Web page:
DVT RISK FACTORS AND PREVENTION

Anyone can get deep vein thrombosis (DVT), but certain factors can increase your risk. Find out about the risk factors for DVT and ways to help prevent another blot clot below. And be sure to talk to your doctor about ways to help reduce your chances of DVT.

RISK FACTORS FOR DVT

Knowing the risk factors for DVT can help you make healthier choices to reduce your chance of developing a dangerous blood clot. DVT risk factors include:

  • A personal or family history of having DVT 
  • Older age (risk increases after age 60, but DVT can happen at any age)
  • Hormone therapy for birth control or to reduce postmenopausal
    symptoms
  • Pregnancy and up to 6 weeks after childbirth
  • Injury due to surgery, a broken bone, or other trauma
  • Prolonged lack of movement due to hospitalization, illness, injury, paralysis, or lengthy travel
  • Recent or ongoing treatment for cancer
  • Respiratory or heart failure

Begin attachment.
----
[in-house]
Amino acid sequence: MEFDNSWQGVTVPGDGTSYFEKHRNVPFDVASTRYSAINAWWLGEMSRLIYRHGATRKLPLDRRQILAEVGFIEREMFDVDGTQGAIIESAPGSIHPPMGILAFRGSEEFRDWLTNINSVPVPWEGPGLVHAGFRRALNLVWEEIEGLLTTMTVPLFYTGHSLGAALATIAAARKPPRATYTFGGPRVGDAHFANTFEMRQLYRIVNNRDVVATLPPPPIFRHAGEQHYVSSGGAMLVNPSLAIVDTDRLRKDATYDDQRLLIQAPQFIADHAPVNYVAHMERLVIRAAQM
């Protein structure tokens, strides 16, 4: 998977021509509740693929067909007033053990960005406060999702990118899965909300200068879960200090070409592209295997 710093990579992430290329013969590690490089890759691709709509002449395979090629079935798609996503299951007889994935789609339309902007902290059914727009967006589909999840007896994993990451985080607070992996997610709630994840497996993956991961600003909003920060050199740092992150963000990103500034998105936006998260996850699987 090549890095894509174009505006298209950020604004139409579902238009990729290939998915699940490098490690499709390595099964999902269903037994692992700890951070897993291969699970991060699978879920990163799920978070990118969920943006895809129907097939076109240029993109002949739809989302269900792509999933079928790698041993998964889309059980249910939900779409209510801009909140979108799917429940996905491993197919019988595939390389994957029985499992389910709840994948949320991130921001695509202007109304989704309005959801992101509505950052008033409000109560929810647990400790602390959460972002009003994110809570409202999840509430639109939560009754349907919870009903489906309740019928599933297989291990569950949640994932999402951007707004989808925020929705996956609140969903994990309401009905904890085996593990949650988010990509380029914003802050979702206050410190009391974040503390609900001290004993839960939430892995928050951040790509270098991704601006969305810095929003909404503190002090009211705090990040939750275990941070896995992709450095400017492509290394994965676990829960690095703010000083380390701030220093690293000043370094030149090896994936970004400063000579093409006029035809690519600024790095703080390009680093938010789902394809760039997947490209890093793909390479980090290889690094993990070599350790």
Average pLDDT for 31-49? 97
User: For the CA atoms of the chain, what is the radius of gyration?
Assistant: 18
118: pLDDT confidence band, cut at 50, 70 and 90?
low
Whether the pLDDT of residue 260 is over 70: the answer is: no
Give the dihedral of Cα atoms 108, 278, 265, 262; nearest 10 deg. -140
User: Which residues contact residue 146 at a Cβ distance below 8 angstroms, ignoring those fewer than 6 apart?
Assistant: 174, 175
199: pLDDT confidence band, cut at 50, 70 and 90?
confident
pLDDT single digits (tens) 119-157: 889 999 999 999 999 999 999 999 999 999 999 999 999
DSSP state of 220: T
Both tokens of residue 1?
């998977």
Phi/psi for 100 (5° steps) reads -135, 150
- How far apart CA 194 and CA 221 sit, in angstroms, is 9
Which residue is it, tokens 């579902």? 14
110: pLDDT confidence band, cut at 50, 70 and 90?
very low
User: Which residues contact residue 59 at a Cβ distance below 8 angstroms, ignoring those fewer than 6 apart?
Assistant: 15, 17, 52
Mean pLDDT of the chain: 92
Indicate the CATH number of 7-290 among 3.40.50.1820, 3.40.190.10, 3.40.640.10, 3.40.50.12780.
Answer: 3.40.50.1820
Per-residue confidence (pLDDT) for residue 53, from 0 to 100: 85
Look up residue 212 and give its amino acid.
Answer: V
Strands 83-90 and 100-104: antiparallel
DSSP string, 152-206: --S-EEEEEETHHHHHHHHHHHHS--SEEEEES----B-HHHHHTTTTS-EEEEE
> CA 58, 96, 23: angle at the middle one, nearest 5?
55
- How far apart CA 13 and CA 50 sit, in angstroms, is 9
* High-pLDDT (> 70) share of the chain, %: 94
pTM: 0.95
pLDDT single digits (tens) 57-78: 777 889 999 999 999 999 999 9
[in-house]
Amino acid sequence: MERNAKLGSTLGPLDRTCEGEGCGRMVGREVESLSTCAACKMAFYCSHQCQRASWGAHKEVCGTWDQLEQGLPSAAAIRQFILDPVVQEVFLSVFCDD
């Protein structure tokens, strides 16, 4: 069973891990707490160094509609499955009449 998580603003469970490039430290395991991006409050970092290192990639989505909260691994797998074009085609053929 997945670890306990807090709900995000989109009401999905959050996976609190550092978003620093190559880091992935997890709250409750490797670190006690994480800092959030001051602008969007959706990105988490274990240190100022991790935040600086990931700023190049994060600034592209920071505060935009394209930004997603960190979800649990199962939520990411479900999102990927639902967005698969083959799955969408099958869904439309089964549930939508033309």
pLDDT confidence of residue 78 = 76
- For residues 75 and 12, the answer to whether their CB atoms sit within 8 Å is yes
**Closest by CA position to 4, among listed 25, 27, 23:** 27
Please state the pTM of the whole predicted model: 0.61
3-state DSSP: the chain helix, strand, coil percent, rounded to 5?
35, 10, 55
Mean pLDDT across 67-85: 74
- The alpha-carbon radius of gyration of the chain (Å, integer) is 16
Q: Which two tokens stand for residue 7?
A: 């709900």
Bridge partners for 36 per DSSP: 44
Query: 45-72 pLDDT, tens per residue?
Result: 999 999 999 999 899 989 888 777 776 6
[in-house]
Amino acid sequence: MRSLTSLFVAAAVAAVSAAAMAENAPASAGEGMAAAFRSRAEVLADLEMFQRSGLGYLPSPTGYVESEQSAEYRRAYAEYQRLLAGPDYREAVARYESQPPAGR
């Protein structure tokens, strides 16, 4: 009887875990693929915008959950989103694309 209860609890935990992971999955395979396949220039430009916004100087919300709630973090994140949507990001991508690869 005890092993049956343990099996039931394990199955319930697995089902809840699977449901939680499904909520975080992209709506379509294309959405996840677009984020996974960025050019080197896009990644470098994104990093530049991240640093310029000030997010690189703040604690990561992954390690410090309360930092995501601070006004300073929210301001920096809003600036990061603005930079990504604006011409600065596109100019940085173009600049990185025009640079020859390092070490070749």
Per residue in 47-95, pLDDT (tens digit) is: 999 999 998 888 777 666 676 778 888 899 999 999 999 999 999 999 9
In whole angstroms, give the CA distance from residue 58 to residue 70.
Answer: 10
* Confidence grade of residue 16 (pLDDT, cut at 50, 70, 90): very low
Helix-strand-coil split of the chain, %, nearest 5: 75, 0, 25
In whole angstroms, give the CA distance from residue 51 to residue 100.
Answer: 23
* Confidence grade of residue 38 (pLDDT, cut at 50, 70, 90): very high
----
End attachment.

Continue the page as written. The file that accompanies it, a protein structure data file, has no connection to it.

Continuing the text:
• Inflammatory bowel disease, such as ulcerative colitis or 
    Crohn’s disease
  • Inherited blood disorders that make your blood thicker or more likely to clot than normal
  • Varicose veins
  • A central venous catheter
  • Obesity (body mass index, or BMI, greater than 30kg/m2)
  • Smoking

WAYS TO REDUCE YOUR RISK FOR DVT

The good news is that if you’re at risk for DVT, you can take the following steps to help reduce your risk:

  SEE YOUR DOCTOR FOR REGULAR CHECKUPS  
  TAKE ALL YOUR MEDICATION AS DOCTOR PRESCRIBES
  QUIT SMOKING  
  MANTAIN A HEALTHY WEIGHT  
  MOVE AROUND AFTER SURGERY, INJURY, OR ILLNESS  
  MOVE REGULARLY ON TRIPS THAT ARE 4+ HOURS  

A DOCTOR DISCUSSES DVT RISK FACTORS


Find out what may increase your risk for DVT, including prolonged sitting or bed rest, having cancer and a history of DVT.

TALK TO YOUR DOCTOR



FROM UNDERSTANDING YOUR RISK OF COMPLICATIONS TO FINDING OUT ABOUT YOUR TREATMENT OPTIONS, OUR DOCTOR DISCUSSION GUIDE HAS IMPORTANT QUESTIONS TO ASK YOUR DOCTOR TO HELP CLEAR UP THE CONFUSION ABOUT DVT.

KEEP THE CLARITY COMING WITH EMAIL UPDATES

  1. Cheng Y-J, Liu Z-H, Yao F-J, et al. Current and Former Smoking and Risk for Venous Thromboembolism: A Systematic Review and Meta-Analysis. Lowe G, ed. PLoS Medicine. 2013;10(9):e1001515. doi:10.1371/journal.pmed.1001515. http://www.ncbi.nlm.nih.gov/pmc/articles/PMC3775725/. Accessed October 14, 2015.
  2. James AH. Venous thromboembolism in pregnancy. Arterioscler Thromb Vasc Biol 2009;29:326-331. doi:10.1161/ATVBAHA.109.184127. http://atvb.ahajournals.org/content/29/3/326.full#content-block. Accessed October 14, 2015.
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